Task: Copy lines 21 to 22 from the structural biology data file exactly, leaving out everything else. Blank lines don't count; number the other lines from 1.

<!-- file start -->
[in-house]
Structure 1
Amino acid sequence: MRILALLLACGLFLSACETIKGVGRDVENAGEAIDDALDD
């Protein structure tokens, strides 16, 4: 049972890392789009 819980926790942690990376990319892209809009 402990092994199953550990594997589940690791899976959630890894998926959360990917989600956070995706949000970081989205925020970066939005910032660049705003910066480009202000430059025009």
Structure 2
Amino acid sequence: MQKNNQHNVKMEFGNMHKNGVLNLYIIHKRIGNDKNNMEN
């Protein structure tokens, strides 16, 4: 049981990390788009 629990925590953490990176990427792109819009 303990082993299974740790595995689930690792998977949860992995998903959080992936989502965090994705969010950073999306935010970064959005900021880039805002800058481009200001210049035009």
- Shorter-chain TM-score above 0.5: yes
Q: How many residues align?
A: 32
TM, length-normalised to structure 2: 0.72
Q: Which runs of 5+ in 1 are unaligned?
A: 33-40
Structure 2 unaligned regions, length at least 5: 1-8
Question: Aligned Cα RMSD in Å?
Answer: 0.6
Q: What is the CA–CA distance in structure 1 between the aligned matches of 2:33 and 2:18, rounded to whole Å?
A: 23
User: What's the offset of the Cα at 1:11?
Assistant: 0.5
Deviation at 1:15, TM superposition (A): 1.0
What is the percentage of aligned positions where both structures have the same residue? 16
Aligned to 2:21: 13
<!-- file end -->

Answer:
Deviation at 1:15, TM superposition (A): 1.0
What is the percentage of aligned positions where both structures have the same residue? 16